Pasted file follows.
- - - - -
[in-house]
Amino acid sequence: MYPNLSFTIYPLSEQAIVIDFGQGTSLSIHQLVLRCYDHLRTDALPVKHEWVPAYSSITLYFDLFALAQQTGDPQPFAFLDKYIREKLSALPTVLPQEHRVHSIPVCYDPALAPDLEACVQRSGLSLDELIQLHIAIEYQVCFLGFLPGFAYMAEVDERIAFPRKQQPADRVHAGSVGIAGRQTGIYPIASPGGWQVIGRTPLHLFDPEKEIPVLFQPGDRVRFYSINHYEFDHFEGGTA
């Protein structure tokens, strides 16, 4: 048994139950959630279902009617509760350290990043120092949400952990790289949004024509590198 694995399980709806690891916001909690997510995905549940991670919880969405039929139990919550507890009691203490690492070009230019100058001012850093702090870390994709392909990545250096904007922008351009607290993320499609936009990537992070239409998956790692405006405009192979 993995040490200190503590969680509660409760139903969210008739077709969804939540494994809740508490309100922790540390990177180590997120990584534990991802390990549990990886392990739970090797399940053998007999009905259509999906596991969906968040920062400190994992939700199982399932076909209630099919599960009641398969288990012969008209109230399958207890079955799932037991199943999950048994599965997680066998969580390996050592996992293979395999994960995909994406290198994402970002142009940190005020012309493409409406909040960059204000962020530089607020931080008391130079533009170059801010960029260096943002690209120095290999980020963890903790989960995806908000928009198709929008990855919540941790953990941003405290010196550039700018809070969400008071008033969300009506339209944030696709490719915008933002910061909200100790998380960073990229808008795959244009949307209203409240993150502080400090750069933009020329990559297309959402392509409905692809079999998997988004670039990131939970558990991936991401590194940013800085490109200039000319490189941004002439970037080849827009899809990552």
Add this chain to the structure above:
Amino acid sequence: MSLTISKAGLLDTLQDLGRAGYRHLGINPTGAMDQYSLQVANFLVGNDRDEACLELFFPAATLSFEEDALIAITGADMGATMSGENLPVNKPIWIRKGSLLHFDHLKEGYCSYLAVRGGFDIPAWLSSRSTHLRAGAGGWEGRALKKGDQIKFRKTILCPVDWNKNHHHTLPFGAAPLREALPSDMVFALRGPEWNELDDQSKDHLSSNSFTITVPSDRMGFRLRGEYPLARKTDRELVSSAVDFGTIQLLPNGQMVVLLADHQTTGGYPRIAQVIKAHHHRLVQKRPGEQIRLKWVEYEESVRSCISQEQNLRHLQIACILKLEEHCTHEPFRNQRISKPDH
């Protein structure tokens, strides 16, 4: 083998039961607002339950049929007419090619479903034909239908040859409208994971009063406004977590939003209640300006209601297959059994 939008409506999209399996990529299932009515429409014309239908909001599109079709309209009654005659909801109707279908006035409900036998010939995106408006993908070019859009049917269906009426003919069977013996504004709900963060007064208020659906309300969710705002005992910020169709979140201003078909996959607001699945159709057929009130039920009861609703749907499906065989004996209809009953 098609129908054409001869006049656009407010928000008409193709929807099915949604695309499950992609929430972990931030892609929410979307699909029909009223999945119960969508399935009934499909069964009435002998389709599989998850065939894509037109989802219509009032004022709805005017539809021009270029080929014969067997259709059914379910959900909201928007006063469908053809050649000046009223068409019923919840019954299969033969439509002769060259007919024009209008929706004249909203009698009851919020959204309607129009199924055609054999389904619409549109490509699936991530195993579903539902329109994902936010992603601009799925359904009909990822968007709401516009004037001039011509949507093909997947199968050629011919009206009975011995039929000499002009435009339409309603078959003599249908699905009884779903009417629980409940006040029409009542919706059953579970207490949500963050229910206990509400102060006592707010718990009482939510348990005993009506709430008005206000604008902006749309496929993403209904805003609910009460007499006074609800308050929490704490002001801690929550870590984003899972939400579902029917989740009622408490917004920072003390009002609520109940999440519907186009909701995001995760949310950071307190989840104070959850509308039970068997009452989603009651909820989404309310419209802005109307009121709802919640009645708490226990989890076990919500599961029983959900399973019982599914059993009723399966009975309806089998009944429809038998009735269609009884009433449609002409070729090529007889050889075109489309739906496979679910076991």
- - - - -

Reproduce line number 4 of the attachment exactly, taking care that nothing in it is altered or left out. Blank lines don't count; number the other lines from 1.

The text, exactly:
Add this chain to the structure above: